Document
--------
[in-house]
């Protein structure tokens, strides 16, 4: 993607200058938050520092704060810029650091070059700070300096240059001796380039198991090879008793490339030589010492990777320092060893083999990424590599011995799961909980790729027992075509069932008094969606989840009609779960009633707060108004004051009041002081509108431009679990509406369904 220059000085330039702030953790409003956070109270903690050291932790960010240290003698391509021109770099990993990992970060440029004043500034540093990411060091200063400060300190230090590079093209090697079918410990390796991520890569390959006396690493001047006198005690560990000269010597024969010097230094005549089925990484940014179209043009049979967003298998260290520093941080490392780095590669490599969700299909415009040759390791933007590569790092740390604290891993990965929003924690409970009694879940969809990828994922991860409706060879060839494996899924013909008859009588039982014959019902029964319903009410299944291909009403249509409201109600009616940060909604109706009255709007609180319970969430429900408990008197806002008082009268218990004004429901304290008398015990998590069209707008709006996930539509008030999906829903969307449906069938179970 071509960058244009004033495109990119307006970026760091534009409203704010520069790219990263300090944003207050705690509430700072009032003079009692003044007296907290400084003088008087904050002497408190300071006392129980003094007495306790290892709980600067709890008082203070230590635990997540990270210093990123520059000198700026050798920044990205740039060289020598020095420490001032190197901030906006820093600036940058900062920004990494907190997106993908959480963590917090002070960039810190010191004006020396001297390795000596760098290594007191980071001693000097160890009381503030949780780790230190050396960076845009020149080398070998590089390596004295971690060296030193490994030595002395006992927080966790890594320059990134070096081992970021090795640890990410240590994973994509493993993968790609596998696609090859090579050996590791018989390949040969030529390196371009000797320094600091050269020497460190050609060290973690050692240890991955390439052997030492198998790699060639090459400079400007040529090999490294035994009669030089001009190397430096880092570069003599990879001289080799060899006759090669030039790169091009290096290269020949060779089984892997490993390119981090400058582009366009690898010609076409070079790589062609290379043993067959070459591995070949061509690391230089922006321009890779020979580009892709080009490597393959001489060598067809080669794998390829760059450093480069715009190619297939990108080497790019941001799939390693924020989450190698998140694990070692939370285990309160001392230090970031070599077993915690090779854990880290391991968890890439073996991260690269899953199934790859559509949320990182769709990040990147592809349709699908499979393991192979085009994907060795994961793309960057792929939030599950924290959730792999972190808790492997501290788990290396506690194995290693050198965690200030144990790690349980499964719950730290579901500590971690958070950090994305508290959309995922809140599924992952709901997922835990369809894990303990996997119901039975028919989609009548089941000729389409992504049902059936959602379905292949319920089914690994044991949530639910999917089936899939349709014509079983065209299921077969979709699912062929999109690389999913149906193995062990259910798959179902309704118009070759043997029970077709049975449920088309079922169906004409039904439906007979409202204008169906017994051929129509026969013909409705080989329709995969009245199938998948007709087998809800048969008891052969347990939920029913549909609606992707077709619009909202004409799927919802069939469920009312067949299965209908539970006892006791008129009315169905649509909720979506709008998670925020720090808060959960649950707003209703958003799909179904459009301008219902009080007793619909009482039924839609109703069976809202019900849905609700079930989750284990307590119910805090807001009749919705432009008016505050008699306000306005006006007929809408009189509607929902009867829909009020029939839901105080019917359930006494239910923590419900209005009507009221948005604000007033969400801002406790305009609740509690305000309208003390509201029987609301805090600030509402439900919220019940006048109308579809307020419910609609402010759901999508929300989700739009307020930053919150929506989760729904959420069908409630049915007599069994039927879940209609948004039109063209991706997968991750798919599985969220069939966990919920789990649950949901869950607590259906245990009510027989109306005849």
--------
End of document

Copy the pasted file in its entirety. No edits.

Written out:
[in-house]
């Protein structure tokens, strides 16, 4: 993607200058938050520092704060810029650091070059700070300096240059001796380039198991090879008793490339030589010492990777320092060893083999990424590599011995799961909980790729027992075509069932008094969606989840009609779960009633707060108004004051009041002081509108431009679990509406369904 220059000085330039702030953790409003956070109270903690050291932790960010240290003698391509021109770099990993990992970060440029004043500034540093990411060091200063400060300190230090590079093209090697079918410990390796991520890569390959006396690493001047006198005690560990000269010597024969010097230094005549089925990484940014179209043009049979967003298998260290520093941080490392780095590669490599969700299909415009040759390791933007590569790092740390604290891993990965929003924690409970009694879940969809990828994922991860409706060879060839494996899924013909008859009588039982014959019902029964319903009410299944291909009403249509409201109600009616940060909604109706009255709007609180319970969430429900408990008197806002008082009268218990004004429901304290008398015990998590069209707008709006996930539509008030999906829903969307449906069938179970 071509960058244009004033495109990119307006970026760091534009409203704010520069790219990263300090944003207050705690509430700072009032003079009692003044007296907290400084003088008087904050002497408190300071006392129980003094007495306790290892709980600067709890008082203070230590635990997540990270210093990123520059000198700026050798920044990205740039060289020598020095420490001032190197901030906006820093600036940058900062920004990494907190997106993908959480963590917090002070960039810190010191004006020396001297390795000596760098290594007191980071001693000097160890009381503030949780780790230190050396960076845009020149080398070998590089390596004295971690060296030193490994030595002395006992927080966790890594320059990134070096081992970021090795640890990410240590994973994509493993993968790609596998696609090859090579050996590791018989390949040969030529390196371009000797320094600091050269020497460190050609060290973690050692240890991955390439052997030492198998790699060639090459400079400007040529090999490294035994009669030089001009190397430096880092570069003599990879001289080799060899006759090669030039790169091009290096290269020949060779089984892997490993390119981090400058582009366009690898010609076409070079790589062609290379043993067959070459591995070949061509690391230089922006321009890779020979580009892709080009490597393959001489060598067809080669794998390829760059450093480069715009190619297939990108080497790019941001799939390693924020989450190698998140694990070692939370285990309160001392230090970031070599077993915690090779854990880290391991968890890439073996991260690269899953199934790859559509949320990182769709990040990147592809349709699908499979393991192979085009994907060795994961793309960057792929939030599950924290959730792999972190808790492997501290788990290396506690194995290693050198965690200030144990790690349980499964719950730290579901500590971690958070950090994305508290959309995922809140599924992952709901997922835990369809894990303990996997119901039975028919989609009548089941000729389409992504049902059936959602379905292949319920089914690994044991949530639910999917089936899939349709014509079983065209299921077969979709699912062929999109690389999913149906193995062990259910798959179902309704118009070759043997029970077709049975449920088309079922169906004409039904439906007979409202204008169906017994051929129509026969013909409705080989329709995969009245199938998948007709087998809800048969008891052969347990939920029913549909609606992707077709619009909202004409799927919802069939469920009312067949299965209908539970006892006791008129009315169905649509909720979506709008998670925020720090808060959960649950707003209703958003799909179904459009301008219902009080007793619909009482039924839609109703069976809202019900849905609700079930989750284990307590119910805090807001009749919705432009008016505050008699306000306005006006007929809408009189509607929902009867829909009020029939839901105080019917359930006494239910923590419900209005009507009221948005604000007033969400801002406790305009609740509690305000309208003390509201029987609301805090600030509402439900919220019940006048109308579809307020419910609609402010759901999508929300989700739009307020930053919150929506989760729904959420069908409630049915007599069994039927879940209609948004039109063209991706997968991750798919599985969220069939966990919920789990649950949901869950607590259906245990009510027989109306005849």